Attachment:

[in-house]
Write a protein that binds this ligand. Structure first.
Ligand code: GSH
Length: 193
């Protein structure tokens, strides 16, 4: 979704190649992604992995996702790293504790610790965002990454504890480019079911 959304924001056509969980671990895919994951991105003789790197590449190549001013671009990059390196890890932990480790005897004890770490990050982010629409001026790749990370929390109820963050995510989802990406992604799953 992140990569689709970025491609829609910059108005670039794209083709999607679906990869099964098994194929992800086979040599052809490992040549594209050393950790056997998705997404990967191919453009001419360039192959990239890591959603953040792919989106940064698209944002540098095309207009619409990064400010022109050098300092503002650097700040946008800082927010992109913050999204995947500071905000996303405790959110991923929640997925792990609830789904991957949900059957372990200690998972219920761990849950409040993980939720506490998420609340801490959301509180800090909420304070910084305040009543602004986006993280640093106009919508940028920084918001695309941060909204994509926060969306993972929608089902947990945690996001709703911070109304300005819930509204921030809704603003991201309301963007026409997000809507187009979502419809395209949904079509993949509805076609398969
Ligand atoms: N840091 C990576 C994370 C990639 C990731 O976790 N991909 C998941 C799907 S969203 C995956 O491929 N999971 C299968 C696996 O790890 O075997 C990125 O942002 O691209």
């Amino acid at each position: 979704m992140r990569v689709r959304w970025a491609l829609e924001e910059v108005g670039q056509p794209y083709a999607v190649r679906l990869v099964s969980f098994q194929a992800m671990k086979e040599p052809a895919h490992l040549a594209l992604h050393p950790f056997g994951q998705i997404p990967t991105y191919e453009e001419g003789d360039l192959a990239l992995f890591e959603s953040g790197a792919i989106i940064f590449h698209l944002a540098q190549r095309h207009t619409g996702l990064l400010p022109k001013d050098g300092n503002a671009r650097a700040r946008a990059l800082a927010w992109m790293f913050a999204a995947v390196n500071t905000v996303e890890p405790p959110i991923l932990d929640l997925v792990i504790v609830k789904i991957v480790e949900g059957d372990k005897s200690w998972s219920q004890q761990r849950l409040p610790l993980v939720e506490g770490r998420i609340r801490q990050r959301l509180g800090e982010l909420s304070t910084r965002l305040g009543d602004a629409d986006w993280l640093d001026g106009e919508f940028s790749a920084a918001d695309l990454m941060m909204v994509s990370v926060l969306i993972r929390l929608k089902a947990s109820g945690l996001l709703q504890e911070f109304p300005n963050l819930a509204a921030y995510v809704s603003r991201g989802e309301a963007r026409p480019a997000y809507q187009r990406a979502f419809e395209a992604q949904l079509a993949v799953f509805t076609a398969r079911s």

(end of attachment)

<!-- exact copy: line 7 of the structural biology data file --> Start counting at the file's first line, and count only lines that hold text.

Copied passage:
């Amino acid at each position: 979704m992140r990569v689709r959304w970025a491609l829609e924001e910059v108005g670039q056509p794209y083709a999607v190649r679906l990869v099964s969980f098994q194929a992800m671990k086979e040599p052809a895919h490992l040549a594209l992604h050393p950790f056997g994951q998705i997404p990967t991105y191919e453009e001419g003789d360039l192959a990239l992995f890591e959603s953040g790197a792919i989106i940064f590449h698209l944002a540098q190549r095309h207009t619409g996702l990064l400010p022109k001013d050098g300092n503002a671009r650097a700040r946008a990059l800082a927010w992109m790293f913050a999204a995947v390196n500071t905000v996303e890890p405790p959110i991923l932990d929640l997925v792990i504790v609830k789904i991957v480790e949900g059957d372990k005897s200690w998972s219920q004890q761990r849950l409040p610790l993980v939720e506490g770490r998420i609340r801490q990050r959301l509180g800090e982010l909420s304070t910084r965002l305040g009543d602004a629409d986006w993280l640093d001026g106009e919508f940028s790749a920084a918001d695309l990454m941060m909204v994509s990370v926060l969306i993972r929390l929608k089902a947990s109820g945690l996001l709703q504890e911070f109304p300005n963050l819930a509204a921030y995510v809704s603003r991201g989802e309301a963007r026409p480019a997000y809507q187009r990406a979502f419809e395209a992604q949904l079509a993949v799953f509805t076609a398969r079911s």